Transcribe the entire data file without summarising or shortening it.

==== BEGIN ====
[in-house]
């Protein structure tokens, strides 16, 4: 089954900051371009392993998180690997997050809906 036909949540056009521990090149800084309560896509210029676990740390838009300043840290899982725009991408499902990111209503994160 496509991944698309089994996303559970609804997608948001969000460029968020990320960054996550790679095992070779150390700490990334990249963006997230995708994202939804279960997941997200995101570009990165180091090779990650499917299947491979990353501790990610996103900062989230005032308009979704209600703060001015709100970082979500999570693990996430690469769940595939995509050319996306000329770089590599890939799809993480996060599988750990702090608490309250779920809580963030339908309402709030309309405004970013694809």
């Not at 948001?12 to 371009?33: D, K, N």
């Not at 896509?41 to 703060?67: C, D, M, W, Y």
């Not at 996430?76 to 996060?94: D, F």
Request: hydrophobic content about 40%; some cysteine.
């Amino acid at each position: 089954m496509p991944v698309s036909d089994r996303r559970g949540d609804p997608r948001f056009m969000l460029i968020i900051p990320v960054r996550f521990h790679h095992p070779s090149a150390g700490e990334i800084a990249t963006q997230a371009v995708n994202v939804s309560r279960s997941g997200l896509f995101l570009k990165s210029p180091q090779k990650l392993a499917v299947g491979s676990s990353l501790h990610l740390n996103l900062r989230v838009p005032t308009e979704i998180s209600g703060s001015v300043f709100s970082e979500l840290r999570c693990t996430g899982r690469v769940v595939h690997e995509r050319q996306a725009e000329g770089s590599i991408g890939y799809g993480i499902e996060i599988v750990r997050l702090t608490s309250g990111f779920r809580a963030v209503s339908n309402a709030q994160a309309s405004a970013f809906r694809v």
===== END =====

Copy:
[in-house]
């Protein structure tokens, strides 16, 4: 089954900051371009392993998180690997997050809906 036909949540056009521990090149800084309560896509210029676990740390838009300043840290899982725009991408499902990111209503994160 496509991944698309089994996303559970609804997608948001969000460029968020990320960054996550790679095992070779150390700490990334990249963006997230995708994202939804279960997941997200995101570009990165180091090779990650499917299947491979990353501790990610996103900062989230005032308009979704209600703060001015709100970082979500999570693990996430690469769940595939995509050319996306000329770089590599890939799809993480996060599988750990702090608490309250779920809580963030339908309402709030309309405004970013694809």
């Not at 948001?12 to 371009?33: D, K, N």
């Not at 896509?41 to 703060?67: C, D, M, W, Y």
């Not at 996430?76 to 996060?94: D, F």
Request: hydrophobic content about 40%; some cysteine.
């Amino acid at each position: 089954m496509p991944v698309s036909d089994r996303r559970g949540d609804p997608r948001f056009m969000l460029i968020i900051p990320v960054r996550f521990h790679h095992p070779s090149a150390g700490e990334i800084a990249t963006q997230a371009v995708n994202v939804s309560r279960s997941g997200l896509f995101l570009k990165s210029p180091q090779k990650l392993a499917v299947g491979s676990s990353l501790h990610l740390n996103l900062r989230v838009p005032t308009e979704i998180s209600g703060s001015v300043f709100s970082e979500l840290r999570c693990t996430g899982r690469v769940v595939h690997e995509r050319q996306a725009e000329g770089s590599i991408g890939y799809g993480i499902e996060i599988v750990r997050l702090t608490s309250g990111f779920r809580a963030v209503s339908n309402a709030q994160a309309s405004a970013f809906r694809v």